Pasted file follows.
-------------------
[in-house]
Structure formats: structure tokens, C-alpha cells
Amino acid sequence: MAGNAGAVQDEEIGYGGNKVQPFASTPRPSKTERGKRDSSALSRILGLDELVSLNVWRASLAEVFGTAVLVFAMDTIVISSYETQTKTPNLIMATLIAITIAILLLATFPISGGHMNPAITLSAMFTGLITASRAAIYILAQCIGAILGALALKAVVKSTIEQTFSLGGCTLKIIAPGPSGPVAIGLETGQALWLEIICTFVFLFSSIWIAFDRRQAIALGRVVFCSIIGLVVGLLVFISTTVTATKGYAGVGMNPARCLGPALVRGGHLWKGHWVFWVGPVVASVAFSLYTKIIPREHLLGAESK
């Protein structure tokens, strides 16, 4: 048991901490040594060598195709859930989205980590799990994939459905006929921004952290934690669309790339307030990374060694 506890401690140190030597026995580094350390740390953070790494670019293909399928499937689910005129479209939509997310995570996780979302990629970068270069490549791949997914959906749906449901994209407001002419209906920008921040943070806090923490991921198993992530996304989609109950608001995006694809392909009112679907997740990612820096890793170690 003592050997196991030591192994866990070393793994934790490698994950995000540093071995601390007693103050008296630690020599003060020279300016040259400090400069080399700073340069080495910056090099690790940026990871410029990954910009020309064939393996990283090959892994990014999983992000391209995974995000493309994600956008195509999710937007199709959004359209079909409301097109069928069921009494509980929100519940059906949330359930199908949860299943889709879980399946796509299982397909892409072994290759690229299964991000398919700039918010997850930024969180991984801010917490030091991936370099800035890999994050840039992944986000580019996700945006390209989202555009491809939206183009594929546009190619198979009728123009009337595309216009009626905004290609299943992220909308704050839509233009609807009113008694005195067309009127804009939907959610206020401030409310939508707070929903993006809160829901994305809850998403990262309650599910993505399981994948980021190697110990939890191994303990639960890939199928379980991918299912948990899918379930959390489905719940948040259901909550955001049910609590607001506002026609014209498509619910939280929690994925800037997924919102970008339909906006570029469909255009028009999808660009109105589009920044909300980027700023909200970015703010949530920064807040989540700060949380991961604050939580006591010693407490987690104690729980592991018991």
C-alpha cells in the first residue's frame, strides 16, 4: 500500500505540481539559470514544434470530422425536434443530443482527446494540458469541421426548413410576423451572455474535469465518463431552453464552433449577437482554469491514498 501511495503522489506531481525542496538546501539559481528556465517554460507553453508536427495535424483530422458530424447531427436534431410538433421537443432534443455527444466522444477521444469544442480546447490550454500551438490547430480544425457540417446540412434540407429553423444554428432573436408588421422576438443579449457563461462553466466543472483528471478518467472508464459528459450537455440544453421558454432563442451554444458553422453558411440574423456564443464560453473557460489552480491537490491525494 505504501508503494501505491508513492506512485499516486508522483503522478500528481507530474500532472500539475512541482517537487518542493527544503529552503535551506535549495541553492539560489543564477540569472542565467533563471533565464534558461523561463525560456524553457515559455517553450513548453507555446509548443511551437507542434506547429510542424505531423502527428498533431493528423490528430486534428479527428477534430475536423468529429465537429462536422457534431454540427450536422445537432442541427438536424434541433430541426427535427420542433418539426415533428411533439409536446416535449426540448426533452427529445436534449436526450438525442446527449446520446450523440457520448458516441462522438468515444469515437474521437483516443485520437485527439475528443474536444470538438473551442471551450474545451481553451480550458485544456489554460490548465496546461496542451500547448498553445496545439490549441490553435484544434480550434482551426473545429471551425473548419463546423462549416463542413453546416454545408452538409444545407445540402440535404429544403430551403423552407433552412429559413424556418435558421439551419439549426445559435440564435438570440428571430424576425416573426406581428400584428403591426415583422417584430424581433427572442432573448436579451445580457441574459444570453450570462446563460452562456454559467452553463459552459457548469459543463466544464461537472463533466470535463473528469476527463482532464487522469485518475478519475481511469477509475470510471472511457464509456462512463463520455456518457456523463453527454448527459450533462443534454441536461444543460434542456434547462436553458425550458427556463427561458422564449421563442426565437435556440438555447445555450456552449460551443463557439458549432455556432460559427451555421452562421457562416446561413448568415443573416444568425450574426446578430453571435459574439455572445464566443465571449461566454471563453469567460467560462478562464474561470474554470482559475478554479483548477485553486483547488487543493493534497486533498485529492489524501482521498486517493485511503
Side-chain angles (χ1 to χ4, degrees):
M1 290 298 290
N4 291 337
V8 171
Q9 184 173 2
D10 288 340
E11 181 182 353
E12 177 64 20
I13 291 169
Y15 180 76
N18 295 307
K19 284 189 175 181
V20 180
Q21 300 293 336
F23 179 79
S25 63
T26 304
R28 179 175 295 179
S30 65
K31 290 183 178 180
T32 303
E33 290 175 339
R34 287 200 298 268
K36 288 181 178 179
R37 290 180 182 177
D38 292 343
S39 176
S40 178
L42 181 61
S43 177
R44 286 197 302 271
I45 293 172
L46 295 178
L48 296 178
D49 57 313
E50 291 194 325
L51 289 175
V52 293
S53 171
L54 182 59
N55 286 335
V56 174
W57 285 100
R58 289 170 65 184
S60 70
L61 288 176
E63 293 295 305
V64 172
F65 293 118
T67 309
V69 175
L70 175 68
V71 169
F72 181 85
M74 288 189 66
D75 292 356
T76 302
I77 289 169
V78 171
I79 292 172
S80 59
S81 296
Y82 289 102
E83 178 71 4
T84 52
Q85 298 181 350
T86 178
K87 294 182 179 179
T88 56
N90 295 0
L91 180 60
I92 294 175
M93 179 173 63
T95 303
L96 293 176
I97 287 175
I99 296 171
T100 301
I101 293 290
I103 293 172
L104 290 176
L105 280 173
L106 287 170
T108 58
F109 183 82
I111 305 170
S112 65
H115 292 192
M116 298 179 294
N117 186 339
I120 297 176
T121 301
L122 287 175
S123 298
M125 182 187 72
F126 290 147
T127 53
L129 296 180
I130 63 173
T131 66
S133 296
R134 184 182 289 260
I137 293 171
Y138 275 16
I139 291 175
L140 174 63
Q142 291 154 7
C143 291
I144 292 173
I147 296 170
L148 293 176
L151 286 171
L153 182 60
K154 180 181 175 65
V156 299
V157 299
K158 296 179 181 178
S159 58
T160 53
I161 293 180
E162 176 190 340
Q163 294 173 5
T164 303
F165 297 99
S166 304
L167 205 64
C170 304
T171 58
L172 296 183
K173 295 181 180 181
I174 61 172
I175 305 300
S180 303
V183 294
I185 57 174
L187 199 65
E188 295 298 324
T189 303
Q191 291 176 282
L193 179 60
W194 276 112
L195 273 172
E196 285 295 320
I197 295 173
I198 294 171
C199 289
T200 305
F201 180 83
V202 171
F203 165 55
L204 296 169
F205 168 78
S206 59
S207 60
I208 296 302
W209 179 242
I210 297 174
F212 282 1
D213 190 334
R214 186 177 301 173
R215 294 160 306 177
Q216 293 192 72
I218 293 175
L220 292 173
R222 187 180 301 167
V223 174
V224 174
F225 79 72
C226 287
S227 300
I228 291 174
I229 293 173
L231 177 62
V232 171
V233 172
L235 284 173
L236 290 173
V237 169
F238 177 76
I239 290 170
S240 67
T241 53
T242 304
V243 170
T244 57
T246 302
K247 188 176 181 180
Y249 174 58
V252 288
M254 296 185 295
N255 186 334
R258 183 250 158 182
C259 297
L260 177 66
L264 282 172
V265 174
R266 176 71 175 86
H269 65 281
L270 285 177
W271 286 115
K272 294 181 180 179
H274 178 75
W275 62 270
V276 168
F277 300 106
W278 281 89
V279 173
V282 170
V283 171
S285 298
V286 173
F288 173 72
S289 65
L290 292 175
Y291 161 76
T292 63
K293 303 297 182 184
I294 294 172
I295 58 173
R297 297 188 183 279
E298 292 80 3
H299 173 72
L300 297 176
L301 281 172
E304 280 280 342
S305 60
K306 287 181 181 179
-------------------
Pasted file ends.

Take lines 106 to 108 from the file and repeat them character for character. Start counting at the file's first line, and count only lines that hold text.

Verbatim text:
S133 296
R134 184 182 289 260
I137 293 171